“I saw, again, the care and expertise that dedicated people gave to their work; it was just at a different level and skill set, and with a broader range of impacts,” she says.

Shortly after, Nick was offered the chance to attend the HBS Advanced Management Program. “That was such a gift, a dream come true for me, both personally and professionally,” she recalls. “It was a deep dive into the key aspects of accounting and finance, strategy and organizational performance, and—most of all— leadership. We got this larger worldview from colleagues who were business leaders, politicians, legislators: people who are very close to the issues and whose goals are often to figure out what is the best for the most.”

Nick made many friends among her AMP classmates, and many of them would later contribute to her book on leadership.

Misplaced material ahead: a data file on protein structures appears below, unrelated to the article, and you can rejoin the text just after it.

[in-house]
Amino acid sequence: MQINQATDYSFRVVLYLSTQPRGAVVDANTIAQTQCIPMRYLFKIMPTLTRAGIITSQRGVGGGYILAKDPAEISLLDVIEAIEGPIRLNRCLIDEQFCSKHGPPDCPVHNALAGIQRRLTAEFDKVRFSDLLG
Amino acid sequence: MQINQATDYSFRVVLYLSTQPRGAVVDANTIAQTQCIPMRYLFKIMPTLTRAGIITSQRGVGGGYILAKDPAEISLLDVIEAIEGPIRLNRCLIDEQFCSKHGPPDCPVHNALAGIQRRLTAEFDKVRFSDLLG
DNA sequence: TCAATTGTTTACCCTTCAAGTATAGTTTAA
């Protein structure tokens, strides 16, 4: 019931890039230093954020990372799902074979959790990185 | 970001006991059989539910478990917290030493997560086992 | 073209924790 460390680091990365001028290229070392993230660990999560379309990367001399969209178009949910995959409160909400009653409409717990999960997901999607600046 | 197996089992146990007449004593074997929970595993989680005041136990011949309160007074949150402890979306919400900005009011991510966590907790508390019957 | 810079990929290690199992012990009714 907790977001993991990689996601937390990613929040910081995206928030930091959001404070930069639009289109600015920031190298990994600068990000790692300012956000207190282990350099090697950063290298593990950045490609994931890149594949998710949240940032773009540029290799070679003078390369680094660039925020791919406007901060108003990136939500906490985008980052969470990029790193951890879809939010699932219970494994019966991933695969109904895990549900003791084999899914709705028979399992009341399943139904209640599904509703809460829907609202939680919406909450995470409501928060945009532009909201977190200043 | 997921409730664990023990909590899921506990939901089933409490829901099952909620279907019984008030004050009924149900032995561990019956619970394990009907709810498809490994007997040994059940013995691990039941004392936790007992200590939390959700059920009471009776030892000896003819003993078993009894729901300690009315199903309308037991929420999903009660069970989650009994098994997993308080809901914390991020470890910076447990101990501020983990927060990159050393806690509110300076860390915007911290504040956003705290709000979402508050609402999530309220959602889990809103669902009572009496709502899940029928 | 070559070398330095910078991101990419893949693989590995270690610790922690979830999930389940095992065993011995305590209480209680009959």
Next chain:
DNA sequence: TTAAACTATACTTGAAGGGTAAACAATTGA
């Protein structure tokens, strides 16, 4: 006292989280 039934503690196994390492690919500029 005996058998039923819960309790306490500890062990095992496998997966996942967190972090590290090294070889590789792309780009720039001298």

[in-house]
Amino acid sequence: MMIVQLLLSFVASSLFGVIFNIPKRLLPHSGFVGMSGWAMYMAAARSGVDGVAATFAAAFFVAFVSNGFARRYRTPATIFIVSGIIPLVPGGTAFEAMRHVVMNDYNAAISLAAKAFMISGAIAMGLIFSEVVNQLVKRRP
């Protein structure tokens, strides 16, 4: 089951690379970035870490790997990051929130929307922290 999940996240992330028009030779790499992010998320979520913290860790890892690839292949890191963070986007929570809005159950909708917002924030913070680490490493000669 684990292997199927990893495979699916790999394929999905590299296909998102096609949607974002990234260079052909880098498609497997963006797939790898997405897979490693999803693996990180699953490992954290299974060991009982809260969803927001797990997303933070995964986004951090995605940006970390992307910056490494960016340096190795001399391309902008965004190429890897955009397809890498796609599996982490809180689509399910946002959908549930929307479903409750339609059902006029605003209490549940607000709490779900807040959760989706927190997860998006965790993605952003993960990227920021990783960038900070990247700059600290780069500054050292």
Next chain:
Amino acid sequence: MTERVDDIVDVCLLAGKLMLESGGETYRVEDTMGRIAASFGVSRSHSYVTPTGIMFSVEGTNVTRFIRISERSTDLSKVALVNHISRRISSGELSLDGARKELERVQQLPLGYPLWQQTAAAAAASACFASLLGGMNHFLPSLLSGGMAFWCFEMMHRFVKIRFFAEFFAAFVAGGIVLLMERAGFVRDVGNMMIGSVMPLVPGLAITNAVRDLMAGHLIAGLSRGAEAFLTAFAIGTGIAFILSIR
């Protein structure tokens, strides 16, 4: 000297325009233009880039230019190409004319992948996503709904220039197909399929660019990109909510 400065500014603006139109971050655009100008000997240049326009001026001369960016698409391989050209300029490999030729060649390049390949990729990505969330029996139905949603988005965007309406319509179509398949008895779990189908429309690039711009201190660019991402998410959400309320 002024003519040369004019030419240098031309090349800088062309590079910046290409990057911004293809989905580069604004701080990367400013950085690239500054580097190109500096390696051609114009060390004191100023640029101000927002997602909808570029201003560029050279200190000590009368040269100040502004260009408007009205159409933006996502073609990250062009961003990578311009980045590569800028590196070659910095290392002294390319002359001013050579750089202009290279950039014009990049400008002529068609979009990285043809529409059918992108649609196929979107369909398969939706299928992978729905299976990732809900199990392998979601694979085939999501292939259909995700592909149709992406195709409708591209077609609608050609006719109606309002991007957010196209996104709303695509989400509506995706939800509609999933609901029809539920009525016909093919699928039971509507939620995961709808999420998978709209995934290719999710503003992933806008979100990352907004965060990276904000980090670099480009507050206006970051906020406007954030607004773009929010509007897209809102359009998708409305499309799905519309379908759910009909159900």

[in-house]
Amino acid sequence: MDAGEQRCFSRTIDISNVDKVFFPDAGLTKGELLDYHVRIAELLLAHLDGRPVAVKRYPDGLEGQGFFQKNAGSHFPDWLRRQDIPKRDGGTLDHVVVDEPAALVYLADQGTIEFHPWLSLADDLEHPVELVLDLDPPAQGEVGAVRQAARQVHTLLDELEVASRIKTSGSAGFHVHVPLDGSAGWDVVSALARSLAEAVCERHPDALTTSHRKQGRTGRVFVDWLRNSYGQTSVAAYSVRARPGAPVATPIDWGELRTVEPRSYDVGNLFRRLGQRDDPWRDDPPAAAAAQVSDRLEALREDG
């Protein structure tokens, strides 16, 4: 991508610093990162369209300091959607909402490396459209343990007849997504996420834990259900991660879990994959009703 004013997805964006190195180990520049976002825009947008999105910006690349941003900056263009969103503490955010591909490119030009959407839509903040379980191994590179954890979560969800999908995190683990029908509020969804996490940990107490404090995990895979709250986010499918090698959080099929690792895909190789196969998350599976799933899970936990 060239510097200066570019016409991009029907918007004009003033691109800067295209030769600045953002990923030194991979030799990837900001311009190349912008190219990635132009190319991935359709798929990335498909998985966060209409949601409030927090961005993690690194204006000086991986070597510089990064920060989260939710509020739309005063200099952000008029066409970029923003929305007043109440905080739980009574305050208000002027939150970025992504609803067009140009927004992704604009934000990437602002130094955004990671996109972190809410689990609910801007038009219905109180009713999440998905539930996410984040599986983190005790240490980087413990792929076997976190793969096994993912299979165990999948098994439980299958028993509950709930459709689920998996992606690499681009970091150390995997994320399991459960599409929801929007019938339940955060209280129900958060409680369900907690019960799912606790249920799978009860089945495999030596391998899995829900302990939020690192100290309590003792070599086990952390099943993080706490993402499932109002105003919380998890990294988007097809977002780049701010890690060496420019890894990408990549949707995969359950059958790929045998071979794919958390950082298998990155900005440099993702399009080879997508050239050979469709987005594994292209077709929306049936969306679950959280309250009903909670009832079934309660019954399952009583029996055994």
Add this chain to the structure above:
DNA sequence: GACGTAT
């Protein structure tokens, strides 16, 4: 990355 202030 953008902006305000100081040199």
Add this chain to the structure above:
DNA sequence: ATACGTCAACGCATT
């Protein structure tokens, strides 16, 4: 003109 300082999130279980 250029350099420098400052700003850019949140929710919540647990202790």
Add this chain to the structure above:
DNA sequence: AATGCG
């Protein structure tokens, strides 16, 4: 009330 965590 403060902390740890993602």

“Many of us were together for our 10th reunion at HBS in 2013,” says Nick, who had by then been running the Michigan Gas Utilities and Minnesota Energy Resources corporations and was planning to retire.

“Everyone was talking about wanting to leave a legacy of leadership,” she recalls. “We all wanted to help young people and add value to our companies and communities. All of us believe business, done right, can lead to prosperity for everyone, for a greater society. Good leaders want a society where everyone prospers.”

Over her career, Nick had realized the value of strong leaders and the destructive nature of poor leadership and wanted to find her own way to “honor and cultivate” positive leaders for the future. She asked her HBS classmates if they’d contribute to a book of essays on leadership, and without hesitation, she says, ‘they delivered!”

Nick collected and edited 26 essays written by executives, entrepreneurs, young professionals, CEOs, and even a high school freshman, hailing from all over the world and each sharing their take on what makes a good leader and what inspires them to lead.